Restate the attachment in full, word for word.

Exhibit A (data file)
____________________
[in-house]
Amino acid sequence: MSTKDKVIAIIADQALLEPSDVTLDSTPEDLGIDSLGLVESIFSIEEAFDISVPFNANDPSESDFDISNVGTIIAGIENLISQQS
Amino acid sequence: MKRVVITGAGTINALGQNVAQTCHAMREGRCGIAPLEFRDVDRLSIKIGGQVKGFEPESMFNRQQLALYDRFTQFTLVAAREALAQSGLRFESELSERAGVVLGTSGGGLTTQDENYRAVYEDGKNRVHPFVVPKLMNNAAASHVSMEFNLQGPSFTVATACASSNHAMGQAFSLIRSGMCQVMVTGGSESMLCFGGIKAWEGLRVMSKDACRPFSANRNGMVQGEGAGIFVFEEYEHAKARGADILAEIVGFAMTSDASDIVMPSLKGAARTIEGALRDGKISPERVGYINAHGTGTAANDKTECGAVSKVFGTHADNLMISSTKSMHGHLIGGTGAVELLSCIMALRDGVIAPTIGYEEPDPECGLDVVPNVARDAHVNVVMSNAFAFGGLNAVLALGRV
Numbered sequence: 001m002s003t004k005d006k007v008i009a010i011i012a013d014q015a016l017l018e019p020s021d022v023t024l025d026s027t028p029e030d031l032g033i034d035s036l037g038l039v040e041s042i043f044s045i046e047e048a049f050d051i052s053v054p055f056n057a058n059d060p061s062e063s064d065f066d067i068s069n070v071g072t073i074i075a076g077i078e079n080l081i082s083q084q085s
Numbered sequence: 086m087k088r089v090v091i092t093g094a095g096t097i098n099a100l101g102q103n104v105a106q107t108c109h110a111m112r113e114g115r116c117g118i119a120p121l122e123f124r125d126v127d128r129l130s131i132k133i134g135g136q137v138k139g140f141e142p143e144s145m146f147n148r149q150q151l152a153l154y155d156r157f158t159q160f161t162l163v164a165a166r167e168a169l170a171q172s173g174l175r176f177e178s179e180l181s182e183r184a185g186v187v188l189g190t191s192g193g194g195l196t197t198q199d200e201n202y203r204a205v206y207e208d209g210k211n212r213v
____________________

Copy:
[in-house]
Amino acid sequence: MSTKDKVIAIIADQALLEPSDVTLDSTPEDLGIDSLGLVESIFSIEEAFDISVPFNANDPSESDFDISNVGTIIAGIENLISQQS
Amino acid sequence: MKRVVITGAGTINALGQNVAQTCHAMREGRCGIAPLEFRDVDRLSIKIGGQVKGFEPESMFNRQQLALYDRFTQFTLVAAREALAQSGLRFESELSERAGVVLGTSGGGLTTQDENYRAVYEDGKNRVHPFVVPKLMNNAAASHVSMEFNLQGPSFTVATACASSNHAMGQAFSLIRSGMCQVMVTGGSESMLCFGGIKAWEGLRVMSKDACRPFSANRNGMVQGEGAGIFVFEEYEHAKARGADILAEIVGFAMTSDASDIVMPSLKGAARTIEGALRDGKISPERVGYINAHGTGTAANDKTECGAVSKVFGTHADNLMISSTKSMHGHLIGGTGAVELLSCIMALRDGVIAPTIGYEEPDPECGLDVVPNVARDAHVNVVMSNAFAFGGLNAVLALGRV
Numbered sequence: 001m002s003t004k005d006k007v008i009a010i011i012a013d014q015a016l017l018e019p020s021d022v023t024l025d026s027t028p029e030d031l032g033i034d035s036l037g038l039v040e041s042i043f044s045i046e047e048a049f050d051i052s053v054p055f056n057a058n059d060p061s062e063s064d065f066d067i068s069n070v071g072t073i074i075a076g077i078e079n080l081i082s083q084q085s
Numbered sequence: 086m087k088r089v090v091i092t093g094a095g096t097i098n099a100l101g102q103n104v105a106q107t108c109h110a111m112r113e114g115r116c117g118i119a120p121l122e123f124r125d126v127d128r129l130s131i132k133i134g135g136q137v138k139g140f141e142p143e144s145m146f147n148r149q150q151l152a153l154y155d156r157f158t159q160f161t162l163v164a165a166r167e168a169l170a171q172s173g174l175r176f177e178s179e180l181s182e183r184a185g186v187v188l189g190t191s192g193g194g195l196t197t198q199d200e201n202y203r204a205v206y207e208d209g210k211n212r213v